Relax – your Houston, TX dentist treats snoring and sleep apnea
Dr. Marilyn Jones is passionate about helping her patients at Houston Biological Dentist in Houston, TX get quality sleep. She knows that scientific research continues to show the vital importance of quality sleep for overall health, emotional balance, and happy relationships. She is also aware that each patient has a unique oral structure, medical background, and lifestyle. That’s why she provides options in treatment for snoring and sleep apnea.
Is it more than a snore?
Most of us snore occasionally, maybe from a head cold or allergies. Chronic loud snoring, however, can seriously impair sleep for you and your bedmate. It may also be a symptom of a serious medical condition called obstructive sleep apnea, or OSA.
While OSA is most common in middle-aged men with a little extra girth, anyone can develop it, including very slender people and children. It is the result of the airway becoming partially or fully blocked by the tongue and soft tissues at the back of the throat, as you relax into sleep. Breathing becomes shallow or stops for up to several minutes. As blood oxygen levels drop, a surge of adrenaline jolts the brain and body partially awake. You take a few deep breaths, and the cycle starts over. For a severe apneic, this process may repeat dozens of times per hour, preventing restful sleep.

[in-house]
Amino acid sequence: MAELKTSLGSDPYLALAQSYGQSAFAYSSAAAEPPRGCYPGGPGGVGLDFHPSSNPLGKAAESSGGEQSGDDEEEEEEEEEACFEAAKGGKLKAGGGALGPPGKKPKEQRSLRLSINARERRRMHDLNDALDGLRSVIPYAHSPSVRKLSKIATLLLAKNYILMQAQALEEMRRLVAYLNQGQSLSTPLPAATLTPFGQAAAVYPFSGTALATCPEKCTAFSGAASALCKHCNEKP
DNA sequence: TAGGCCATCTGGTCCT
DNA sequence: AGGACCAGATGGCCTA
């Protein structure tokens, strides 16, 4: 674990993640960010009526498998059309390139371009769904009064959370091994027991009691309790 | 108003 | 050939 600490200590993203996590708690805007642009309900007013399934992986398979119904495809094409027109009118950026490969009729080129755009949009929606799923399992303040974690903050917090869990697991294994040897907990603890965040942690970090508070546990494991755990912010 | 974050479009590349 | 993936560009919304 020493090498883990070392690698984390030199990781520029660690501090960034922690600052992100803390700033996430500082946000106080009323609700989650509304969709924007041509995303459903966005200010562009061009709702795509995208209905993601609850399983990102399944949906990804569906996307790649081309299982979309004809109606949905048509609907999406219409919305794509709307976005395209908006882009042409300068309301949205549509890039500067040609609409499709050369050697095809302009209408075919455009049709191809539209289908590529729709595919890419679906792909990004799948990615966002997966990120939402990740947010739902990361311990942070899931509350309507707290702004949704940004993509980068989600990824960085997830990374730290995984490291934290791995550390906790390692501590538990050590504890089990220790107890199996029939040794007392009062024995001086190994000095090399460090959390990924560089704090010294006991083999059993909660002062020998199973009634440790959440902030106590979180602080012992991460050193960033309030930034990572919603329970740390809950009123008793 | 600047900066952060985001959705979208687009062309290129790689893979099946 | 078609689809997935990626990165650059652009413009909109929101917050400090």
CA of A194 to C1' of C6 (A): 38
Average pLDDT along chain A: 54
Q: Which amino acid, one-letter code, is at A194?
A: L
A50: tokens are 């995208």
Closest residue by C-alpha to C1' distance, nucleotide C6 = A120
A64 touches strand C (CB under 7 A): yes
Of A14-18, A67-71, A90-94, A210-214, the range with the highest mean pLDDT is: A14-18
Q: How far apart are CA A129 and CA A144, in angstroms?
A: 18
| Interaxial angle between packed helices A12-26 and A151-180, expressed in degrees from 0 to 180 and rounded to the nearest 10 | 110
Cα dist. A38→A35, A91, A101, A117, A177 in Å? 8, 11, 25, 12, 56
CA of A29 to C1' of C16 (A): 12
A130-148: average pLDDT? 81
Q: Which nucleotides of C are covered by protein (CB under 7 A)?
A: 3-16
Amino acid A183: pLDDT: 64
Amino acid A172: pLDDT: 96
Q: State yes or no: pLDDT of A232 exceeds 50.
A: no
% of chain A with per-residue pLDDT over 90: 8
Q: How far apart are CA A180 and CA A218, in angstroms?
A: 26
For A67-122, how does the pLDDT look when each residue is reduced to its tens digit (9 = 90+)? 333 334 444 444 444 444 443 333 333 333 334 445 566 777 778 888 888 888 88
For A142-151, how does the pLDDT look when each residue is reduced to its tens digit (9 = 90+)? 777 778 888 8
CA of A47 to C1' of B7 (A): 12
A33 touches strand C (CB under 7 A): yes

Sleep occurs in four phases, with the most regeneration occurring in the third stage. Apneics (and often their partners) seldom reach this deep level. Sleep deprivation is strongly linked to health problems such as:
- Headaches and migraines
- Heart attack
- High blood pressure
- Immune function disorders
- Premature aging
- TMJ issues
Personalized treatment for snoring and sleep apnea – Houston, TX
CPAP is not your only treatment choice. Dr. Jones is certified in functional orthopedics, using the DNA (Daytime/Nighttime Appliance) system to modify facial structures that impede clear breathing. She also offers NightLase laser treatment to tighten throat tissues that block the airway. These methods can be used alone, or in combination with CPAP to promote optimal sleep.